The state of Indiana received $3.85 billion in 2006 by leasing its 157-mile toll road to private investors from Spain and Australia for 75 years.
And even though that money funded a 10-year transportation plan and helped many areas of the state catch up on transportation needs, the money and the interest it earned is going to dry up sooner rather than later. According to the latest reports, the up-front money the state received will be spent or committed to projects by June 2013.
That means the next few generations will see no cash for their needs despite being stuck paying ever-increasing tolls to guarantee investor profits.
This shows that the Indiana Toll Road lease is the gift that keeps on taking.
Sure the 10-year highway and bridge project known as “Major Moves” is helping replace bridges, pave roads and relieve congestion, but it’s a one-time fix. There’s no way those projects will hold up through 2081.
And what of the Indiana Toll Road itself? According to truckers we’ve talked to, it has its share of needs and rough pavement. The investor is supposed to be maintaining and upgrading the highway, but their timetable may differ from a state DOT’s because they have shareholders to pay.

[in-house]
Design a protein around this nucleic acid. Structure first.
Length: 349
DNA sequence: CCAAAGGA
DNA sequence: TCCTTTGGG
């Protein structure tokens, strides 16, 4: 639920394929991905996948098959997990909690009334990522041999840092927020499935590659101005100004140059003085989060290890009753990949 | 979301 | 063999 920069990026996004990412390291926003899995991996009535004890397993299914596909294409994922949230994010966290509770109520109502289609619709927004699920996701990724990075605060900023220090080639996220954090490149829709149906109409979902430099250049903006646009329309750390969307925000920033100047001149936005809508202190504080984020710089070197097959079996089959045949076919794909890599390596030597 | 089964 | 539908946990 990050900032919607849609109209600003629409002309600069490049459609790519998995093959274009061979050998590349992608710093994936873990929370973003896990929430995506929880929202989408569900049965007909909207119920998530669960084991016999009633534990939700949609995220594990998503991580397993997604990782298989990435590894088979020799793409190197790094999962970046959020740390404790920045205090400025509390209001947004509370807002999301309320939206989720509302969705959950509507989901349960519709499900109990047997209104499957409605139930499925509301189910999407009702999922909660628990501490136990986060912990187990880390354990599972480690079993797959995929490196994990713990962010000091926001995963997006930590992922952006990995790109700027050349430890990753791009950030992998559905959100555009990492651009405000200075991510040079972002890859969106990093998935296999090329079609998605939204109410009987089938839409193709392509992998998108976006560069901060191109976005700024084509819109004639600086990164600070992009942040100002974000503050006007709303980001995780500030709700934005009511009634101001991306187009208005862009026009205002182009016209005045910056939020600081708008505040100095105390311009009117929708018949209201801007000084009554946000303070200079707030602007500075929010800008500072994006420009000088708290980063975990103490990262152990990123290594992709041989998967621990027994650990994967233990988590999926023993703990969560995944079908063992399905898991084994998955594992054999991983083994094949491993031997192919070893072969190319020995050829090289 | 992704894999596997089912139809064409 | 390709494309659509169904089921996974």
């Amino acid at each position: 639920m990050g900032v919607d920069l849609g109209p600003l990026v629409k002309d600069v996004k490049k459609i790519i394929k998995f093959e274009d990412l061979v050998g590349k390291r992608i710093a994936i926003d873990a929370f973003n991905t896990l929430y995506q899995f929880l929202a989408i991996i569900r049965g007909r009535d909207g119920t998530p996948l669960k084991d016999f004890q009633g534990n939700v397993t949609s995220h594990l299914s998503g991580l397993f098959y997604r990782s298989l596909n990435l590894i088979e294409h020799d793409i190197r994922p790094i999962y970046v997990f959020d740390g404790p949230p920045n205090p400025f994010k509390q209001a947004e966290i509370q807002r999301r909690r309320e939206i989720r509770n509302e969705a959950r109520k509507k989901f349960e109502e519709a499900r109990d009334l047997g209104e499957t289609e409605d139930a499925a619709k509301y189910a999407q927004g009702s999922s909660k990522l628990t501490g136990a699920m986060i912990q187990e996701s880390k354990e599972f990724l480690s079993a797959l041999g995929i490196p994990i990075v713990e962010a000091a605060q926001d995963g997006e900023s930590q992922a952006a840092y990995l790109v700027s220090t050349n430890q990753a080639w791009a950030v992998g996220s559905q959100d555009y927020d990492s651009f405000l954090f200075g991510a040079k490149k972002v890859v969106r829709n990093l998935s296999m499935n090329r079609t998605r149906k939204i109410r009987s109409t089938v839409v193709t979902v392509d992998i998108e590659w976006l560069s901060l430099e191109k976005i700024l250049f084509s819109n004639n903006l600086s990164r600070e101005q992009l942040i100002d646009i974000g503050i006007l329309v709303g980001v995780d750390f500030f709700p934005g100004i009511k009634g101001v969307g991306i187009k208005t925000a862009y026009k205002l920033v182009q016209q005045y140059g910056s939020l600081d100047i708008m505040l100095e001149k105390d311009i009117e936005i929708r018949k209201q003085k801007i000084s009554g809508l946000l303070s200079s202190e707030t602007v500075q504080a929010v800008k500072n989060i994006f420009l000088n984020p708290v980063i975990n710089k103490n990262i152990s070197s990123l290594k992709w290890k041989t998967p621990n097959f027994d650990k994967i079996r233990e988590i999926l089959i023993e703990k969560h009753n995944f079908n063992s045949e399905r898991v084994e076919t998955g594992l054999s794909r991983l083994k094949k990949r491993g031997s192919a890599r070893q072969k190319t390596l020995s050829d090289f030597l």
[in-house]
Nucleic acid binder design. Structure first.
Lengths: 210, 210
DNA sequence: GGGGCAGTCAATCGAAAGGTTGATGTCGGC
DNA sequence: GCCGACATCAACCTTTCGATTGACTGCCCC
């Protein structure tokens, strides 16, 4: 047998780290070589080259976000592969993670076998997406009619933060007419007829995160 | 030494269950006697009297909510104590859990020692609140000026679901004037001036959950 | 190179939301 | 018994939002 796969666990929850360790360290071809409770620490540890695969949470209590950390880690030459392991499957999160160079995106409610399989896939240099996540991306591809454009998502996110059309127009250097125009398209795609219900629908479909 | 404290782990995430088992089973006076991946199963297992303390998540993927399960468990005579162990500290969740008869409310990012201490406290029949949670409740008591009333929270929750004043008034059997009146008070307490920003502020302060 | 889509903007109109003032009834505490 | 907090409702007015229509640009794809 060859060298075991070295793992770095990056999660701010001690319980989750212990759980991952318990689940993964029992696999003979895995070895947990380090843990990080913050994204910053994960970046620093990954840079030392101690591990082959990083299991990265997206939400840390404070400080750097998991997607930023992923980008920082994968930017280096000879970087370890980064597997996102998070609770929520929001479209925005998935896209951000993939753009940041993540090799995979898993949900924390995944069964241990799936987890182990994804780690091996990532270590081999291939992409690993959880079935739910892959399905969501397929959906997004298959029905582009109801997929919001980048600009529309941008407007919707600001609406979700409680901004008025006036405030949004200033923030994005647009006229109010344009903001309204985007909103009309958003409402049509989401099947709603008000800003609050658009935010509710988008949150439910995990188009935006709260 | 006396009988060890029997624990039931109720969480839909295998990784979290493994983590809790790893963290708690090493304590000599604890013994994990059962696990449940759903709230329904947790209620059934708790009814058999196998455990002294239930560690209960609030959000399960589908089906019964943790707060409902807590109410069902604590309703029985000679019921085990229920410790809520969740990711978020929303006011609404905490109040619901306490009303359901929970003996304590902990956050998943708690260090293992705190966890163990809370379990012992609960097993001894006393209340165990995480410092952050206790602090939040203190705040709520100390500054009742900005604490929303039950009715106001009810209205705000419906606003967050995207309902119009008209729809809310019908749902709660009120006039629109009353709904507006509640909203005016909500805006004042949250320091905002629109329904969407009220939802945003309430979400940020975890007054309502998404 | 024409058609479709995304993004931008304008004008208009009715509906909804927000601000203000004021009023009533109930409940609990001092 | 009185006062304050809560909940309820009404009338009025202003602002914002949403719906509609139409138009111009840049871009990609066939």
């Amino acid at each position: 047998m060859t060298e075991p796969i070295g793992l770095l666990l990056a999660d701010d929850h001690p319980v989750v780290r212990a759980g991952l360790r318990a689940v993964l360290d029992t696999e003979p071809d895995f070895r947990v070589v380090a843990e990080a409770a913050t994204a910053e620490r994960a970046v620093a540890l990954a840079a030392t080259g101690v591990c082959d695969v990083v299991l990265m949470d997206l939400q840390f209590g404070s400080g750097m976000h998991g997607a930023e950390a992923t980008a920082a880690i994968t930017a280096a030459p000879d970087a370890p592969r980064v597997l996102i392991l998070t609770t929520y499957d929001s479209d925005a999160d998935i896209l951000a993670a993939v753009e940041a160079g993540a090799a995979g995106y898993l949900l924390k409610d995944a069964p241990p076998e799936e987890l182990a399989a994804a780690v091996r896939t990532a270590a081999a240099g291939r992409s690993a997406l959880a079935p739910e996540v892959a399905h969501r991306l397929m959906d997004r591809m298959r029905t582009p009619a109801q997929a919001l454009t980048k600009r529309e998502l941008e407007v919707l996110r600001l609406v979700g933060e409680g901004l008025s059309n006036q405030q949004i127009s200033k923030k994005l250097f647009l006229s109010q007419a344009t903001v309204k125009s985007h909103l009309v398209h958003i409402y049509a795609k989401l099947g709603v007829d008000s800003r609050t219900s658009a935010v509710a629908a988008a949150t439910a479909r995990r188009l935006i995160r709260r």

Highway users had every right to cry foul back in 2006 when Indiana Gov. Mitch Daniels signed the lease.
In an instant, users were on the hook for toll increases. The lease guaranteed truck tolls would more than double from $14 to $32 during the first five years. And for the duration, the lease guarantees toll increases will keep up with inflation to make sure the investors don’t lose a dime.
Despite the state of Indiana being able to live high on the hog from the lease proceeds for a few years, the windfall is about to dry up. Once the money is spent and is no longer drawing interest, Indiana will be right back with every other state looking for ways to fill gaps in the budget.
It’s a good thing they only had one toll road to pawn.